I feel hopeful, energetic, CREATIVE, grateful, content, excited… all of those things. I used to be so anxious that arriving late AND showing up early literally made me sick to my stomach. Since I’ve been on medication, I rarely sweat the small stuff like that. I’m more confident. I’m more sure of myself. I’m just… better.

The reason I share so much about my battle with depression is that I come from a family where communication and expressing our feelings is not common. We’re true Irish Catholics who repress our emotions and let resentment build. We also tend to focus more on other people than ourselves. So, when I decided to start handling this situation, I constantly felt guilty.

It doesn’t help that when I was a child and asked to get help, my parents didn’t want me to because they thought they’d get blamed for my issues. (They still let me, they were just “joking.”) They’re not exactly wrong for thinking that because naturally that still comes up all the time. But I don’t entirely blame them for my problems. That’d be waaaaay too easy!

My (good) therapist was the first person to tell me that by focusing on myself, it would open me up to help others more. She also helped me realize that I wasn’t a lost cause. I truly thought that I was. I had almost completely given up on myself.

I know a lot of people who give up on themselves. Some of the closest people in my life have given up on themselves. They think they’re not worth it, they think they’re too old, they think it’s too late, they think the process takes too much time, and more often than not, they think they are unfixable. And that breaks my heart.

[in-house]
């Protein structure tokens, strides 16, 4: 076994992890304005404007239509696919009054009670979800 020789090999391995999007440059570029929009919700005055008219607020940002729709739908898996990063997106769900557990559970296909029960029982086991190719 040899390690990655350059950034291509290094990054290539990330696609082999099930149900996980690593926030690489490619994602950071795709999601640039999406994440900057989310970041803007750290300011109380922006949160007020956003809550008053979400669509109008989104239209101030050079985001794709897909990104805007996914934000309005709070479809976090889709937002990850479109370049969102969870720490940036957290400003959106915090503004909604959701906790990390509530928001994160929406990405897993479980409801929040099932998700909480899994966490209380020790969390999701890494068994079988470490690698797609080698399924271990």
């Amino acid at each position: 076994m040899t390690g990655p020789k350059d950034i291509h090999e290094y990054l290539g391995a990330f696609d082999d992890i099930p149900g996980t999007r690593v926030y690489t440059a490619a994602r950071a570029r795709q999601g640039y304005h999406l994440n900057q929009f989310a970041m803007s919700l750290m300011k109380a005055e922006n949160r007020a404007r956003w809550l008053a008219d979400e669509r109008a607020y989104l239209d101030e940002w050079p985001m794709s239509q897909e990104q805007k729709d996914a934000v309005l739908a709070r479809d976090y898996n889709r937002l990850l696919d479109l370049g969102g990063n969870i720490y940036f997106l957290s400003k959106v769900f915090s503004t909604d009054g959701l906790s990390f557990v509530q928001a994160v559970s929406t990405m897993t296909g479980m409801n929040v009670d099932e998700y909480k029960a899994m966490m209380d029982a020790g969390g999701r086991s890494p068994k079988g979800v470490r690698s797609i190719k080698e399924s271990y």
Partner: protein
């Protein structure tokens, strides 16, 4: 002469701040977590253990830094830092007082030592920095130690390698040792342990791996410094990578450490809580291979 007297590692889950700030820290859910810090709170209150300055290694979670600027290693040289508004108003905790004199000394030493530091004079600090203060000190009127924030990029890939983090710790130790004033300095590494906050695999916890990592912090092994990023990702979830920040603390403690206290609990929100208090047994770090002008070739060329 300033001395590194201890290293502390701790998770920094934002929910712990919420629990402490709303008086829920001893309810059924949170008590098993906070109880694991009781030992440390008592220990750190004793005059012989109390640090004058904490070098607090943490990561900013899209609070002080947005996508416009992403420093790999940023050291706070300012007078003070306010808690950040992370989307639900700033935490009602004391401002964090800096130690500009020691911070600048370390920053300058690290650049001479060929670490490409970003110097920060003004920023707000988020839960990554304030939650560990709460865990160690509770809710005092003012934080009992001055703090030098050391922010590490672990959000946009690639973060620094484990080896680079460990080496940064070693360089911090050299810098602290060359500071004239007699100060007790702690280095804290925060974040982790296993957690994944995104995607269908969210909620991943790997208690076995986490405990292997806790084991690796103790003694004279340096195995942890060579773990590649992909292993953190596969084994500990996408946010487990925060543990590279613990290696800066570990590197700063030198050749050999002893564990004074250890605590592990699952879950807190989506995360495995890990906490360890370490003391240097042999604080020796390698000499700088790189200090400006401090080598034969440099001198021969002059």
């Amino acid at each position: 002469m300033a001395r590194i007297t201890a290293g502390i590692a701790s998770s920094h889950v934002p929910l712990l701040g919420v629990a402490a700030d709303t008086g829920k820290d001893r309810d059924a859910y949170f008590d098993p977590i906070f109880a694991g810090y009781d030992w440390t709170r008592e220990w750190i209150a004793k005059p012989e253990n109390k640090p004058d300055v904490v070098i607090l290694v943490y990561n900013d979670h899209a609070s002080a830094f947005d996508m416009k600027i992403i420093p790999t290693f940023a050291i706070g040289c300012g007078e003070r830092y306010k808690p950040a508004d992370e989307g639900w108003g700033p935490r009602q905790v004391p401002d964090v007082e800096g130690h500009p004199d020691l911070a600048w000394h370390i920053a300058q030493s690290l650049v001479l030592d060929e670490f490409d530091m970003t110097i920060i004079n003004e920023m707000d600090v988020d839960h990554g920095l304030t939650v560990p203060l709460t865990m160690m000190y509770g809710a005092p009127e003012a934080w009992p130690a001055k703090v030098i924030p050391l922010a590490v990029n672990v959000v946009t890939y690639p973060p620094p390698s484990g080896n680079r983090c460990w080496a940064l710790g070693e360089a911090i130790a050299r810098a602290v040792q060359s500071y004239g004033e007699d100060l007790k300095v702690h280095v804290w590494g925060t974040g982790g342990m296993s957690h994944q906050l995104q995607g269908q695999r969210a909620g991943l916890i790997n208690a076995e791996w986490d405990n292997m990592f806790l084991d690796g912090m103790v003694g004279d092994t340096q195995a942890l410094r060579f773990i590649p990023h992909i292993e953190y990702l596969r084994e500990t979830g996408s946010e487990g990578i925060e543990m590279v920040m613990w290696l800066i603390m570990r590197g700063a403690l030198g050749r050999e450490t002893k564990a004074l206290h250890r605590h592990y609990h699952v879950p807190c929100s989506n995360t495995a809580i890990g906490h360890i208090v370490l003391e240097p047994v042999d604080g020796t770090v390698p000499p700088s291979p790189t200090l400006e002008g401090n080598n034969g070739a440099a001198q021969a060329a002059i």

I’m not suggesting everyone start taking drugs, obviously. What I’m hoping to convey is that NOBODY IS A LOST CAUSE. It took me years and years to find a solution. I constantly gave up when it got too hard and I focused on short-term solutions instead. It was narcissistic for me to think that my problems were SO COMPLEX that modern medicine and an industry that has existed for thousands of years wouldn’t work on me. Or, that my problems were not good enough to fix with anything more than a brisk walk around the corner. I was so fucking complicit in being unhappy because I didn’t know any other way.

We’re all worthy of feeling happy and hopeful and full of creative energy. I literally never thought that I would. The medicine was just a push up the hill, not a solution, and it helped me focus on what needed to get done to make this last. It’s not easy, but I make it a point to focus on being the strongest person I can be, mentally and physically, every single day. And that makes me a better friend, family member, co-worker, coach, leader, etc.

This is all so gross, I know. I’m sorry. But it’s important to me. I never, ever thought I’d feel this content in adulthood. I know it’ll ebb and flow, but I hope I keep fighting the good fight. And that I can encourage the people in my life they’re worth the good fight too.

And that one should always choose Yoshi or Toad in that good fight. And no, that is not a euphemism for drugs. Well, Toad is. Toad DEFINITELY is.

1 comment:

Anonymous said...

This is so damn amazing! Brava! You are an amazing person with a tremendous degree of self-reflection that is so rare in people. I am proud of you for taking a stand and that has certainly motivated me to do the same. VDL